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Reading readiness is an integral component of school readiness, which lays the groundwork for future schooling. Children’s development of reading readiness is made up of four key areas: (1) Language; (2) Emergent Literacy; (3) Approaches to Learning; and (4) Social-Emotional Development. There are many opportunities to support the development of these skills throughout the pre-K classroom; for example, a child taking an order while playing restaurant or building a block tower during center time. During these natural play times, teachers can observe their children building on essential pre-reading skills as well as understand how to further support the learning of these skills in the future. It is crucial to realize that these learning opportunities occur constantly in the classroom, and educators play an integral role in connecting reading readiness to the children’s environment.

To strengthen the connection between reading readiness and the pre-K classroom, educators can use authentic assessment to monitor and inform their instruction. To address this, the 2015 Forum on Promoting Effective Practices in Early Education, Using Authentic Assessment to Inform Reading Readiness Instruction focused on building a stronger understanding of how to utilize report data collected from educators’ authentic assessment tools to differentiate instruction in reading readiness-related domains. This part of the assessment cycle is crucial for promoting learning in the classroom, as it helps to tailor instruction for each child.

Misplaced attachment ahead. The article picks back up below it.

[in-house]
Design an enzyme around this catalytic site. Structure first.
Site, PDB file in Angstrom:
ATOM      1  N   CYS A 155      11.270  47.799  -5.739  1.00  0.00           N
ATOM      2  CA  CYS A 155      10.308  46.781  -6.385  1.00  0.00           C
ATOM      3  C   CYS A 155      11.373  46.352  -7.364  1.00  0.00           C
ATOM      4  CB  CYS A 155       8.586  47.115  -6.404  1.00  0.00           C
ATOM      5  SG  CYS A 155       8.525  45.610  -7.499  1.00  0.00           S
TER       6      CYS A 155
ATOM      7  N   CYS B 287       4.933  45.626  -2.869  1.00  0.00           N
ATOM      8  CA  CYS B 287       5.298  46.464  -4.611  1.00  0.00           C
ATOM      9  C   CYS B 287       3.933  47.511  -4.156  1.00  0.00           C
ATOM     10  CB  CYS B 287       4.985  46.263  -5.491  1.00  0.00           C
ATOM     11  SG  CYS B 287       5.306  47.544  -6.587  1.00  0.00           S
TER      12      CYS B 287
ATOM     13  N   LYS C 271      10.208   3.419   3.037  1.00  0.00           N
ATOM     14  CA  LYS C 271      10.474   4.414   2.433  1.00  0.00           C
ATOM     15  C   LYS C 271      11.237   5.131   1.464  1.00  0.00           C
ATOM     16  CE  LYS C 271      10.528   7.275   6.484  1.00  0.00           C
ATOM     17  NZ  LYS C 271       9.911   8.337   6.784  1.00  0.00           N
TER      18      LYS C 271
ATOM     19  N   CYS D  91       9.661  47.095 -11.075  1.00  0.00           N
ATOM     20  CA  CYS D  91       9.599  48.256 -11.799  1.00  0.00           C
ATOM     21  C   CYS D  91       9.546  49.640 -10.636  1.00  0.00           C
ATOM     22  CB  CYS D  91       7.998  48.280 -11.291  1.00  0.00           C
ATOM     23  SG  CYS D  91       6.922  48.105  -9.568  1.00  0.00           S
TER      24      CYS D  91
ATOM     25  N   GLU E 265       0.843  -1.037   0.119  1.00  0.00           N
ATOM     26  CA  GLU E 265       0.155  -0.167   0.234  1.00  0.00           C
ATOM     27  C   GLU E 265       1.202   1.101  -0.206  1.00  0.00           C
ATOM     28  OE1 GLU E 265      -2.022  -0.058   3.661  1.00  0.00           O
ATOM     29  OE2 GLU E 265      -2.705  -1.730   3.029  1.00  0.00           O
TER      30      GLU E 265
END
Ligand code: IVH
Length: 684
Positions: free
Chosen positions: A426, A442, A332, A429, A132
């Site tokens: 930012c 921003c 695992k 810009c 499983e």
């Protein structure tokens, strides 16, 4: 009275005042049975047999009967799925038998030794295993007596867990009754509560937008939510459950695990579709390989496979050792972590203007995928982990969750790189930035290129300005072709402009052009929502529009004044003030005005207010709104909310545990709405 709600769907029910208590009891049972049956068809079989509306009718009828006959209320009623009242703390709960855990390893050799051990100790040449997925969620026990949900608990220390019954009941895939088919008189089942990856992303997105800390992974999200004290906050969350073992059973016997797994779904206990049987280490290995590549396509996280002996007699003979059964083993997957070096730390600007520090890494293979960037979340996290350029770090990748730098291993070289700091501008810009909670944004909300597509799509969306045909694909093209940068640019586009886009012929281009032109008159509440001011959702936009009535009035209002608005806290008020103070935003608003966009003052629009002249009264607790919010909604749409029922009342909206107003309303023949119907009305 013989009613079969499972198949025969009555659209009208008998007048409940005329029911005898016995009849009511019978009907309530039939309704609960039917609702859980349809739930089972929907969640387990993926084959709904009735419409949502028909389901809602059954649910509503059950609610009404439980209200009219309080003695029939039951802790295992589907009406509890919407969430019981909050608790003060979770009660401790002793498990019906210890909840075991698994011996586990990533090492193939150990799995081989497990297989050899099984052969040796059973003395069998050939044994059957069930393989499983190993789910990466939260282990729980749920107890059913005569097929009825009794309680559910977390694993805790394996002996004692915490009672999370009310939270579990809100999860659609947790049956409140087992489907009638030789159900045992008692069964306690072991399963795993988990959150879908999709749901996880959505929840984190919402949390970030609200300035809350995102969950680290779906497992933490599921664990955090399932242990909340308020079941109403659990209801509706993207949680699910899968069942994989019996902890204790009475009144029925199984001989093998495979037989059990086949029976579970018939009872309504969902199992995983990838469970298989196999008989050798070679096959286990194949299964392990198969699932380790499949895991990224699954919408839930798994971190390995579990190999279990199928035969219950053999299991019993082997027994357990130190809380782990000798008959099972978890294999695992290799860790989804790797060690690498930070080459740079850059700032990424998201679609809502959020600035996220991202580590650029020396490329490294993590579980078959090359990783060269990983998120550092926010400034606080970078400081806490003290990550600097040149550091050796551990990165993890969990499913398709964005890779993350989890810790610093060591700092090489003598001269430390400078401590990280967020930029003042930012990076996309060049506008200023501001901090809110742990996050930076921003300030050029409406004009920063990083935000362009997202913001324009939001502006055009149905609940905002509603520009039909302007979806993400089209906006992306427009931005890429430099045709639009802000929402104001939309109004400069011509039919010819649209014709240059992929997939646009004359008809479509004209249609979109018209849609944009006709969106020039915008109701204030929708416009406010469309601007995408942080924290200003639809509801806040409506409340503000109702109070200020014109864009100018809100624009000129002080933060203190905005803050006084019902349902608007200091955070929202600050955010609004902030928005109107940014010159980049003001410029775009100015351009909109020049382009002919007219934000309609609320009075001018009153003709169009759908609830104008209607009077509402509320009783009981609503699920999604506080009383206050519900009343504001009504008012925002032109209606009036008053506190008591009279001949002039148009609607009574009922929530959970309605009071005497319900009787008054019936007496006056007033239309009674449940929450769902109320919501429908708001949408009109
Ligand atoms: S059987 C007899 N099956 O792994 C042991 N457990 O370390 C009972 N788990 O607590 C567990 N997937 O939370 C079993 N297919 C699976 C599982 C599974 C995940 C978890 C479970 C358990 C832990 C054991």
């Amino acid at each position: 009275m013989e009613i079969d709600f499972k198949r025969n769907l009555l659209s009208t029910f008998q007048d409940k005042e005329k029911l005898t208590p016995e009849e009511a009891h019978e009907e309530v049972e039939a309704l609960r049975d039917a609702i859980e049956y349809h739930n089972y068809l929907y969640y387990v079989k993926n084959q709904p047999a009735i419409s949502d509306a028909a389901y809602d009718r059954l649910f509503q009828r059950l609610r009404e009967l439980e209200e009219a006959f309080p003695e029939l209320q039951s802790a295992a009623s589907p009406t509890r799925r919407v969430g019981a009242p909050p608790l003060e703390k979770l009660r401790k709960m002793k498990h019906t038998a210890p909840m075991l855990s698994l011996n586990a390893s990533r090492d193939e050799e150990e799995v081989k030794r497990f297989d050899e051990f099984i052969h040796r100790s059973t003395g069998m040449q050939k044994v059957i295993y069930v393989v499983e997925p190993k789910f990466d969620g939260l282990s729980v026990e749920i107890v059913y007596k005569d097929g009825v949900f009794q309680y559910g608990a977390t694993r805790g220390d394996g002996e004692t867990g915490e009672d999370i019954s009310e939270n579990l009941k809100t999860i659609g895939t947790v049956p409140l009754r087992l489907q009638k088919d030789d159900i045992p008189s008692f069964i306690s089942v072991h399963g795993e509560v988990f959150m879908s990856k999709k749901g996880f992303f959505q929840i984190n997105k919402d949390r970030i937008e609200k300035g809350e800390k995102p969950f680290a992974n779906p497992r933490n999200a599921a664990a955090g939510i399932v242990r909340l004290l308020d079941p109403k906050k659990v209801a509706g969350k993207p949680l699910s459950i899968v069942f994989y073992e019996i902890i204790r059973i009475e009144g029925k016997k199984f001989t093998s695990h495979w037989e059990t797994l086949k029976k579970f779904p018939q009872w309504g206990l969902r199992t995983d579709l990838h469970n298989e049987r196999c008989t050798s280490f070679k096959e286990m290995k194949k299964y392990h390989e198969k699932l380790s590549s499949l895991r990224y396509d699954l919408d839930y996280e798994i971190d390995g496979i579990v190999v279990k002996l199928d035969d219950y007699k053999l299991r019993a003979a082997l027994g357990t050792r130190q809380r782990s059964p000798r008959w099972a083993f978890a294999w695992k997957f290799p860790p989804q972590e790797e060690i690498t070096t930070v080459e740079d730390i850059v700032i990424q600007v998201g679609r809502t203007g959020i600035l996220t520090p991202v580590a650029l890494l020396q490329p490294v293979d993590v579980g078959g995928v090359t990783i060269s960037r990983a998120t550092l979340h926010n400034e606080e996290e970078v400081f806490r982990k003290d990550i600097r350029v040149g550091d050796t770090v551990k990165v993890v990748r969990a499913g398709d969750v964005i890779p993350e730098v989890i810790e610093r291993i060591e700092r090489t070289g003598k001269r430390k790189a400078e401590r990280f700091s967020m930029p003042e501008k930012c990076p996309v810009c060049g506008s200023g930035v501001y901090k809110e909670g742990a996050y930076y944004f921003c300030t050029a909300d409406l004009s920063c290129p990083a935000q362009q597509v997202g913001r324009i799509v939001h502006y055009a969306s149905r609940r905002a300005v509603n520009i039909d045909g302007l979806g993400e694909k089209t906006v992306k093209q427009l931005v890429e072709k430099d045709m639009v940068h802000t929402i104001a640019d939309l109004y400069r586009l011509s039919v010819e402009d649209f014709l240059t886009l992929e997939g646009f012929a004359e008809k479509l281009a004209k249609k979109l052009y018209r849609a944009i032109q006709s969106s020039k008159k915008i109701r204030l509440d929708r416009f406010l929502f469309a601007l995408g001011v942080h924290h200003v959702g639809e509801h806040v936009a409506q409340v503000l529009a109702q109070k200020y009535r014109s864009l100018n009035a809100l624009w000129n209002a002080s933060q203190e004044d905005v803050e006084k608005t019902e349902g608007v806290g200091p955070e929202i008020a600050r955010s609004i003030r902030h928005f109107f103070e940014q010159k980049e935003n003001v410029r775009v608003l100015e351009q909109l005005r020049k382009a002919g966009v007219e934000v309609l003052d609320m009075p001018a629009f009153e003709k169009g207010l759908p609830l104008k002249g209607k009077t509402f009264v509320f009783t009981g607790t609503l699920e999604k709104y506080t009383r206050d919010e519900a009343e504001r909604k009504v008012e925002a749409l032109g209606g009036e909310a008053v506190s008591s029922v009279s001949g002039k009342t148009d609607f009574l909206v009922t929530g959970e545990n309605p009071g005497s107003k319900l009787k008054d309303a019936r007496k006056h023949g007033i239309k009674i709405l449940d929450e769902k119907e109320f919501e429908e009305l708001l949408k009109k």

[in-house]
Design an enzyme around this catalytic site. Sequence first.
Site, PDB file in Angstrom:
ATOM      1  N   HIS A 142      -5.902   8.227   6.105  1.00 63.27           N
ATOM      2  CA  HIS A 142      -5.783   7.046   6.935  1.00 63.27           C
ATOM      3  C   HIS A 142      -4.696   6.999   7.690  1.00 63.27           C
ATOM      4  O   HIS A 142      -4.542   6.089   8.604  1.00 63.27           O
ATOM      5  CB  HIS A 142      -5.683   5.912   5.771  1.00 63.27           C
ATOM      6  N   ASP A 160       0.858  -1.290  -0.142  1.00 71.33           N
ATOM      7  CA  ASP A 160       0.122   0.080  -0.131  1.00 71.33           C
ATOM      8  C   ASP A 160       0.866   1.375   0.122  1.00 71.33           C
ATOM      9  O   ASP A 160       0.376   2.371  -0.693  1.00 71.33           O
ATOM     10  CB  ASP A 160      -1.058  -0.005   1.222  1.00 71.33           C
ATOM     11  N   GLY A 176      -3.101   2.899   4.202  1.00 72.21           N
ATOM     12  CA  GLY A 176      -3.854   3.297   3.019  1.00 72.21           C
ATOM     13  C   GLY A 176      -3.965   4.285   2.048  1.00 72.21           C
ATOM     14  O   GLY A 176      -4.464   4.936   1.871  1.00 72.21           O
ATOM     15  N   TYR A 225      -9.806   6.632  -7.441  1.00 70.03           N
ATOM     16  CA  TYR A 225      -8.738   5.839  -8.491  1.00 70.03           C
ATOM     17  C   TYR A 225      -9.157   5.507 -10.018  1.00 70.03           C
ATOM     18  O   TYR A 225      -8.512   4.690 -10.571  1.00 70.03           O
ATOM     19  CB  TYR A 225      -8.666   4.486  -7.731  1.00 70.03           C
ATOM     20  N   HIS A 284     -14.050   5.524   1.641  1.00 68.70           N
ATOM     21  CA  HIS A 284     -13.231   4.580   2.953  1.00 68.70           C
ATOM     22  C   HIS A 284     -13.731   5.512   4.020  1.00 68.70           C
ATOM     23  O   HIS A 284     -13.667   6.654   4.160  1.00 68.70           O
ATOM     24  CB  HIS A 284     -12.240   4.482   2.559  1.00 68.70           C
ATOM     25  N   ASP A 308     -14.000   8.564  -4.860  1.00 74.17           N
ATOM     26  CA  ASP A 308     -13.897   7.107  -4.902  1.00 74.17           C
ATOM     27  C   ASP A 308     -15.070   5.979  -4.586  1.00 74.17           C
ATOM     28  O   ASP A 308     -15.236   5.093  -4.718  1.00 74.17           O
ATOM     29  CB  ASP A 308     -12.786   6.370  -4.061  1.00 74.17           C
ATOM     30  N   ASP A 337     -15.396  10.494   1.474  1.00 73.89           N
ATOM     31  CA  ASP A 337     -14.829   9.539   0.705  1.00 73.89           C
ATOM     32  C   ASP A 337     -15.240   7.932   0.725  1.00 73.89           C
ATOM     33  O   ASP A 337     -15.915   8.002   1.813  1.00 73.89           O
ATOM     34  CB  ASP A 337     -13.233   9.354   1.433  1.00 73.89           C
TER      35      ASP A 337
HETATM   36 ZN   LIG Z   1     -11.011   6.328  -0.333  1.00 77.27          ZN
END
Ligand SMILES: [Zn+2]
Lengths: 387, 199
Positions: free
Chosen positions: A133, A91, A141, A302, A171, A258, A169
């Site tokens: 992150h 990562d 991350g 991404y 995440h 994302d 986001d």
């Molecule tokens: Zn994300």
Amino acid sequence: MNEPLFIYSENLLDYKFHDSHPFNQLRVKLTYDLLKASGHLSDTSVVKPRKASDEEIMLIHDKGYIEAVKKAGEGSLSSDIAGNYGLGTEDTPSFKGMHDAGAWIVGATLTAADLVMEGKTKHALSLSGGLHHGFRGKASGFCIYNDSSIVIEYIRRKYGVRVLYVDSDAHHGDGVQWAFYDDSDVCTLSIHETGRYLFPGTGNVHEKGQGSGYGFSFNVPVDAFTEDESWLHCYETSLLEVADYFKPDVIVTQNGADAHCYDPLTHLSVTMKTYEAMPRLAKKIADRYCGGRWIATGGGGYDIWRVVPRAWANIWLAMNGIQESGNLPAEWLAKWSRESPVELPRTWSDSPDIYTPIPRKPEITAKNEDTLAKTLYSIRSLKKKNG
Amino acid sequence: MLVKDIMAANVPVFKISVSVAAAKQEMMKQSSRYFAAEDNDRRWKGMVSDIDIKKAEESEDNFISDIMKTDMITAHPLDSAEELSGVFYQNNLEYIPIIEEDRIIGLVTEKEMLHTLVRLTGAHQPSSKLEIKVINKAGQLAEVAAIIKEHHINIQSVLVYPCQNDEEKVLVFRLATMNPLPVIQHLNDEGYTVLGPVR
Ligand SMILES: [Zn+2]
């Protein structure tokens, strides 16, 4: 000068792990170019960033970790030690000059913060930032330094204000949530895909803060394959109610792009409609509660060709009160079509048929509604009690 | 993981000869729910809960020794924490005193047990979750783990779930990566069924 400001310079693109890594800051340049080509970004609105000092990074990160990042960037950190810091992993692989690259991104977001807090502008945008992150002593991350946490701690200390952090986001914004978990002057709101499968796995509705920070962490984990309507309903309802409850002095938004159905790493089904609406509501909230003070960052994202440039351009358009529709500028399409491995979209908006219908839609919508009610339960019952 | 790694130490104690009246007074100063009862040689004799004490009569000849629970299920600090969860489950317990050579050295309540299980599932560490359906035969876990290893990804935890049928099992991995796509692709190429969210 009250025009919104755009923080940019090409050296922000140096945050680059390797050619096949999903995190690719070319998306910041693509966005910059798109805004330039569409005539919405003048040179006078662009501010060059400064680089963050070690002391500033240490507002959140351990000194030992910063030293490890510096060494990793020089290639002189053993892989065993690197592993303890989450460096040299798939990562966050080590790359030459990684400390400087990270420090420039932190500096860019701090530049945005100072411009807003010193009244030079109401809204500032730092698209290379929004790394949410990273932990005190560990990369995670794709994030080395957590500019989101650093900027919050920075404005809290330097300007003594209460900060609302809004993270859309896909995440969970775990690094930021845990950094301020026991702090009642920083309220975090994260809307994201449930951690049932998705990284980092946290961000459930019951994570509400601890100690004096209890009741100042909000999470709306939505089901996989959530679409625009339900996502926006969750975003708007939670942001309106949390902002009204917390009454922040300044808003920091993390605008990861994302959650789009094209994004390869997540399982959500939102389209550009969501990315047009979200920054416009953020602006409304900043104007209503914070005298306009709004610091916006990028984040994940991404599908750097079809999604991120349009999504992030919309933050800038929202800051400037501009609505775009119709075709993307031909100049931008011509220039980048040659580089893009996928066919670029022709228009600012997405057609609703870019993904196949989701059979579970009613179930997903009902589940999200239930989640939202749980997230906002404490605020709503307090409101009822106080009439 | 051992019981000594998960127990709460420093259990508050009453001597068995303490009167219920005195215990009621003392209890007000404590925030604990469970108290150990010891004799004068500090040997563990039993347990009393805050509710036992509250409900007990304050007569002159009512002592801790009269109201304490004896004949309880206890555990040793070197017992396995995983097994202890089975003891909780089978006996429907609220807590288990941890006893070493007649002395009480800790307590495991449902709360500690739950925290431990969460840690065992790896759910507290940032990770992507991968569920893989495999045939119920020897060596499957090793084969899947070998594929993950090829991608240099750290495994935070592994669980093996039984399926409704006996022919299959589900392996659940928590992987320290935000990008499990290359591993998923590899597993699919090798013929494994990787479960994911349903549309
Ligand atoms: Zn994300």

At the forum, educators were first engaged in a comprehensive presentation outlining the components of reading readiness and how to teach these skills in all aspects of the classroom.

Joy Lorenzo Kennedy, a doctoral candidate in NYU's Developmental Psychology Program, who graduated in Spring of 2014 presented What is Reading Readiness? She studies narrative development in bilingual children, with an eye toward how we can use children's stories to improve school readiness skills. Following this presentation, Suzanne Carothers, a Professor of Education at NYU|Steinhardt’s Department of Teaching and Learning then presented Opportunities to Support Reading Readiness. She has an interest in connecting curriculum design to meet the developmental needs of young children, and has done extensive teacher training and staff development work in a variety of settings for more than 30 years.

Following the Reading Readiness Presentations, the educators were divided into breakout groups based on their authentic assessment tools and were guided by facilitators through the process of authentic assessment and using report data to inform their instruction. These early childhood educators were then prompted to participate in discussions surrounding authentic assessment reports and reading readiness in more detail.

Reading Readiness